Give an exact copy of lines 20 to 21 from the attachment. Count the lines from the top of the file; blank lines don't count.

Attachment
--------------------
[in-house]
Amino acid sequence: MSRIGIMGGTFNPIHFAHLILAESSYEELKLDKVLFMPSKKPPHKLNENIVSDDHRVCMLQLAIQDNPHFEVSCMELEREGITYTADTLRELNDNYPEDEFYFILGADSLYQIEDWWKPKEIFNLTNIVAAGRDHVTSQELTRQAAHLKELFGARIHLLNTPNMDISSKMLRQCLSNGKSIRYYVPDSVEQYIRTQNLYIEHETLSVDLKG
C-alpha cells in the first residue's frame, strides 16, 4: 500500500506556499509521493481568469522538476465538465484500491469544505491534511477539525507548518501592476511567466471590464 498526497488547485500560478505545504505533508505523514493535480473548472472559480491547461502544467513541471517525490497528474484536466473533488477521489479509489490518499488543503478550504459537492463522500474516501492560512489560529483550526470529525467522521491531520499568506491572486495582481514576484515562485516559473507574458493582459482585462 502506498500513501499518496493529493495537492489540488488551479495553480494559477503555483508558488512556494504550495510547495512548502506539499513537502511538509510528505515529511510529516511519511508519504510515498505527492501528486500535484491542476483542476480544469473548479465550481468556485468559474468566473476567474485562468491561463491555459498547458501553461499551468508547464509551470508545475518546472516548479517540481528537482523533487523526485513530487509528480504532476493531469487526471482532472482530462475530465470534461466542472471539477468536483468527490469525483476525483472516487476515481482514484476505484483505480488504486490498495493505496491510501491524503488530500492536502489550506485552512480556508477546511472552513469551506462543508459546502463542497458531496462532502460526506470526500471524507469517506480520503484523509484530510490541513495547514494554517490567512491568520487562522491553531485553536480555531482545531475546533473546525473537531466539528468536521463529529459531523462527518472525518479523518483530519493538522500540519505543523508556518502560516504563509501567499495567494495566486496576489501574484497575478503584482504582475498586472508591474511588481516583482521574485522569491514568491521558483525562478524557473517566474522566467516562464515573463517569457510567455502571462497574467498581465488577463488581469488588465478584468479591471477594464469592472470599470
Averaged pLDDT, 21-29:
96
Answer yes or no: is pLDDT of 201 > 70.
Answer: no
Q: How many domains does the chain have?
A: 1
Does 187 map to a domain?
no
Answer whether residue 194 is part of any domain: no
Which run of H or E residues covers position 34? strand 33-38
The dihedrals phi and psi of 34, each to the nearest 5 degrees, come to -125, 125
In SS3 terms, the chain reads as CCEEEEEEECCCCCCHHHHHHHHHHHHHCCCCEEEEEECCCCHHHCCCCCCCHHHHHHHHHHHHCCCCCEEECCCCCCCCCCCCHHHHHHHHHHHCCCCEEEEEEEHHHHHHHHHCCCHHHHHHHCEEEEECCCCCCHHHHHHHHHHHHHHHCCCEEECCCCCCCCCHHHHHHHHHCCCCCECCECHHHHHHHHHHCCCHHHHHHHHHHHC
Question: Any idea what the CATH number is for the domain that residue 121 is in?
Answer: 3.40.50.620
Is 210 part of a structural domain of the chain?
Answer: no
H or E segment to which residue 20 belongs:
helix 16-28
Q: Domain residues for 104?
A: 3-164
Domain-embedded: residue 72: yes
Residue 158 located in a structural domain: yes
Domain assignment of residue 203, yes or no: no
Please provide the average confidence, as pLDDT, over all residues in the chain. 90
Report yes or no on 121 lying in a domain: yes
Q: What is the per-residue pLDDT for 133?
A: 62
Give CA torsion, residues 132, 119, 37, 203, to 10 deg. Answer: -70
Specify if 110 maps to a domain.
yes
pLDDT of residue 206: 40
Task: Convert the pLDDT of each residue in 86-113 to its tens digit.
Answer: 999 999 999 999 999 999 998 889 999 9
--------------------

H or E segment to which residue 20 belongs:
helix 16-28